A Royalist Family Irish and French (1689-1789) and Prince Charles Edward

Louis duc de La Trémoille
W. Brown, 1904 - 118 sider

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Side 102 - Greeting. We, reposing especial Trust and Confidence in your Loyalty, Courage, and good Conduct, do by these Presents Constitute and Appoint you to be an Officer in Our Land Forces from the Twentieth day of March 1915.
Side 93 - Louis, by the grace of God King of France and Navarre, to our dear and well-beloved Robert Cavelier, Sieur de la Salle, greeting.
Side 102 - And you are to observe and follow such orders and directions from time to time as you shall receive from this or a future Congress...
Side 102 - Directions from time to time, as you shall receive from us or any other your superior Officer, according to the Rules and Discipline of War ; in pursuance of the Trust hereby reposed in You.
Side 103 - Emperor of the French, King of Italy, Protector of the Confederation of the Rhine, Mediator of the Swiss Confederation.
Side 55 - I beg you, the assurance of the very distinguished consideration with which I have the honour to be your very humble and very obedient servant, CHATEAUBRIAND.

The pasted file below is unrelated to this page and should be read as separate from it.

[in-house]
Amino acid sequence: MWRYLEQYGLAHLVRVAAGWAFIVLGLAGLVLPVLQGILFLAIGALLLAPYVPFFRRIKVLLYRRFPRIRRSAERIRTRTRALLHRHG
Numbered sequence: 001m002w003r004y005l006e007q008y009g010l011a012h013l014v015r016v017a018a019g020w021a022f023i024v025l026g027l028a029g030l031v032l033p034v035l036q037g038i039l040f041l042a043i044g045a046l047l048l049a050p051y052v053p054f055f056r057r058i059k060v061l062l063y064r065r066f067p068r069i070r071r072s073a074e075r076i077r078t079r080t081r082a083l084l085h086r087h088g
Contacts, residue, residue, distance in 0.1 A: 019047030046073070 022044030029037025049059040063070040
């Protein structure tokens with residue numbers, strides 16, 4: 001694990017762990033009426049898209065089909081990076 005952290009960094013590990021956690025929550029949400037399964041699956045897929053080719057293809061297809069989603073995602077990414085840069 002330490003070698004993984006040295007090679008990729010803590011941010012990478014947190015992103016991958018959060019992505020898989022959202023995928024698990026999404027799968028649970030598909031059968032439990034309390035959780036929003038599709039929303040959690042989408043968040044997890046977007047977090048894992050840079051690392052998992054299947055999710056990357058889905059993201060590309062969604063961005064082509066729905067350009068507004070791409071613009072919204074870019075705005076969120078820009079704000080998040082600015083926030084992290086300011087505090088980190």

Side 102 - William the Third, by the Grace of God, King of England, Scotland, France and Ireland, Defender of the Faith, &c. To our trusty and well...
Side 115 - French captain drew his sword, took leave of Mr Welch and his company, went on board the Elizabeth, with his sword still drawn in his hand, and gave the necessary orders for the attack. Immediately the Elizabeth bore down upon the Lion, (each of them consisting of about sixty guns, and therefore equally matched,) and began the attack with great briskness. The fight continued for five or six hours, when the Lion was obliged to sheer off, like a tub upon the water. About the time when the captain came...
Side 102 - Captain into your care and charge, and duly to exercise as well the officers as soldiers thereof in arms, and to use your best endeavours to keep them in good order and discipline ; and we do hereby command them to obey you as their...
Side 114 - ... in view and disappeared. She continued to do so three or four times, and the last time of her appearing she came within a mile or so of them ; when the captain of the Elizabeth (a Frenchman) came on board the frigate, and told Mr. Welch if he would assist him by keeping one side of the Lyon in play at a distance, he would immediately put all things in order for the attack. Mr. Welch, well knowing the trust he had on board, answered him civilly, and told him it was what he could not think of doing,...

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